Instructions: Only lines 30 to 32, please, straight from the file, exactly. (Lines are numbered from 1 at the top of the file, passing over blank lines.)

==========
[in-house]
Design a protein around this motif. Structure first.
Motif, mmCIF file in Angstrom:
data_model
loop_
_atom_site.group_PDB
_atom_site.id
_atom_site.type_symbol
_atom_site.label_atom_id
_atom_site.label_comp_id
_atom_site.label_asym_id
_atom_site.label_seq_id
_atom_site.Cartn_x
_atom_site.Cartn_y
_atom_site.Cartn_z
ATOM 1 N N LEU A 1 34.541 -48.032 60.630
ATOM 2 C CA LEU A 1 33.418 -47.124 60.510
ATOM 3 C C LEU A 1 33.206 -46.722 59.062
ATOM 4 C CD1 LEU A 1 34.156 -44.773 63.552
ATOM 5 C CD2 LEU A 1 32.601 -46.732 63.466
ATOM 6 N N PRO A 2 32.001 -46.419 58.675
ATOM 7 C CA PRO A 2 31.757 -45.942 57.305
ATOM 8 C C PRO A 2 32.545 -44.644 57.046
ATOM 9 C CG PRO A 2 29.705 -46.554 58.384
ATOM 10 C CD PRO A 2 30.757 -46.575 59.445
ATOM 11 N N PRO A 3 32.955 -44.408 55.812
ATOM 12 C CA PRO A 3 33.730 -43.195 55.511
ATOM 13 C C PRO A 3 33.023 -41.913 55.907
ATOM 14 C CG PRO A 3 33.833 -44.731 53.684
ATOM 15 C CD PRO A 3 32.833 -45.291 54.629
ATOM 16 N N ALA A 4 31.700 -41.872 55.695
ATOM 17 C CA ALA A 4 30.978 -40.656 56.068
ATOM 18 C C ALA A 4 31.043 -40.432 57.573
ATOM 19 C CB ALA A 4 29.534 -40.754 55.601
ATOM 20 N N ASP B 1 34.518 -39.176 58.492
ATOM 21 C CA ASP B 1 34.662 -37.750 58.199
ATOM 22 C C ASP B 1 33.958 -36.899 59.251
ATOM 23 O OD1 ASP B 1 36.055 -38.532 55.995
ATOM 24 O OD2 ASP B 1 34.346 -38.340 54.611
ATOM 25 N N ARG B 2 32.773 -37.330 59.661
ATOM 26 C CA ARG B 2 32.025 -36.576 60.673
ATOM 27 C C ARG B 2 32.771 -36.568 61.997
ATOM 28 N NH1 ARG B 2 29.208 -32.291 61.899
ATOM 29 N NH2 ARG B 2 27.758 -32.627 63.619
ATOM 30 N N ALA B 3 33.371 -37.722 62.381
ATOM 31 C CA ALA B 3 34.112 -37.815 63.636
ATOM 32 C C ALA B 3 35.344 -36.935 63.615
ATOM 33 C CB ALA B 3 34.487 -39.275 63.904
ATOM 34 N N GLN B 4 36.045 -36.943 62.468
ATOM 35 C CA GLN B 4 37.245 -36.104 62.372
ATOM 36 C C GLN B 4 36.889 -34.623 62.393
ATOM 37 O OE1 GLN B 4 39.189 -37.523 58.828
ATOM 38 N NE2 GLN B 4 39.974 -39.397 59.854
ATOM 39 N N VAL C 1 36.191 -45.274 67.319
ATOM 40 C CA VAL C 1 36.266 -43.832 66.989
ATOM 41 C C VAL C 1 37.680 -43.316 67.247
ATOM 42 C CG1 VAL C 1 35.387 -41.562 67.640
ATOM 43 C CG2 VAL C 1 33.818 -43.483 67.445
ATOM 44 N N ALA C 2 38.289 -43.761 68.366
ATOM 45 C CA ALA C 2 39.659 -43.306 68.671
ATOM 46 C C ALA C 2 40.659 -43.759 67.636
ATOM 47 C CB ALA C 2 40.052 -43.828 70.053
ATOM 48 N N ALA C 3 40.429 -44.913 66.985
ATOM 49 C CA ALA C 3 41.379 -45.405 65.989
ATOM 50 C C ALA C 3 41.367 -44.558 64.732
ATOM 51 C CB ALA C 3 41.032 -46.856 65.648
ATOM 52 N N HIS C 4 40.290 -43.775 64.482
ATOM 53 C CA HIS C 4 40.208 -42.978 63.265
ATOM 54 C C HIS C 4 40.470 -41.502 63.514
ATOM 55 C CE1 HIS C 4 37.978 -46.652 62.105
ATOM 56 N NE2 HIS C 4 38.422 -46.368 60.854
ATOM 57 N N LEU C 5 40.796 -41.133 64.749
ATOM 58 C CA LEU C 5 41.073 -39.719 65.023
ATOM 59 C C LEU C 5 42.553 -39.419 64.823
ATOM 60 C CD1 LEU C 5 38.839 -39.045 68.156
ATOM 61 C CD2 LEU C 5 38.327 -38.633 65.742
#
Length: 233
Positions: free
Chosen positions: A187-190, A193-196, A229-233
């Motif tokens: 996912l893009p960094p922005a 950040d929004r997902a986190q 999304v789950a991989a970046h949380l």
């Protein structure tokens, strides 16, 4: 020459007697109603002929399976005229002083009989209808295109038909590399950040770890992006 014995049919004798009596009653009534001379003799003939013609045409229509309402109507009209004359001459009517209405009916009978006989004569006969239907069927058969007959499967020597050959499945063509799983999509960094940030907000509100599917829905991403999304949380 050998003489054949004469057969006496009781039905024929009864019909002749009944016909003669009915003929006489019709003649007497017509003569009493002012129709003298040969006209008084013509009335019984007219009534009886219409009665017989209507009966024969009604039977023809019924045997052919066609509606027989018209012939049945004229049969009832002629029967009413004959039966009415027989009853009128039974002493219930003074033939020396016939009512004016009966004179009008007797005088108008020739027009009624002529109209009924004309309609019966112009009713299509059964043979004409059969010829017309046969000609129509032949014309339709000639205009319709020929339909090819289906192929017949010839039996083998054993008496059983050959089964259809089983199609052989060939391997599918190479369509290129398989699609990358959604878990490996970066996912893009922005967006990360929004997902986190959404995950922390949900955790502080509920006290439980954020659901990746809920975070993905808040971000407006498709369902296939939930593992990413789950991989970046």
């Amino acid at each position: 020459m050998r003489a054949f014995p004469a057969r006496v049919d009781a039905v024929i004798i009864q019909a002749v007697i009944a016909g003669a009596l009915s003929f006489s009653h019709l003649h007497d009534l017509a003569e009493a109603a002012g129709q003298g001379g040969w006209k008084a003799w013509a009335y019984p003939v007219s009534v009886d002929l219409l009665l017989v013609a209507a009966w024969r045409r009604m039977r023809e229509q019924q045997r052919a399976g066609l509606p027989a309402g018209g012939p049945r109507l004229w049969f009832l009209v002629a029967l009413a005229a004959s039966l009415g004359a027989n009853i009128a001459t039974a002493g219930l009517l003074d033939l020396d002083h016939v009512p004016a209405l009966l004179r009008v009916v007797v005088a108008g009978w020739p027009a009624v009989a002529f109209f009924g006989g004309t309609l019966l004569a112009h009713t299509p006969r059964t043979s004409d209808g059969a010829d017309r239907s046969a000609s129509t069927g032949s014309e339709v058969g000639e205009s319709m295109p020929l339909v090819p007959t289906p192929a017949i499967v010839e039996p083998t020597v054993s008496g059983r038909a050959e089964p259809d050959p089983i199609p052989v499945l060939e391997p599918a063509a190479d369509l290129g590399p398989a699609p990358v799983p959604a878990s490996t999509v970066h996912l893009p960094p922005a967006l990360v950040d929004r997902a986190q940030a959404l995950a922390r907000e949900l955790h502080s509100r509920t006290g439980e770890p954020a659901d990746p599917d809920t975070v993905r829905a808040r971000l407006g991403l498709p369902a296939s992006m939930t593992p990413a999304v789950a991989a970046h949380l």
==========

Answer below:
ATOM 15 C CD PRO A 3 32.833 -45.291 54.629
ATOM 16 N N ALA A 4 31.700 -41.872 55.695
ATOM 17 C CA ALA A 4 30.978 -40.656 56.068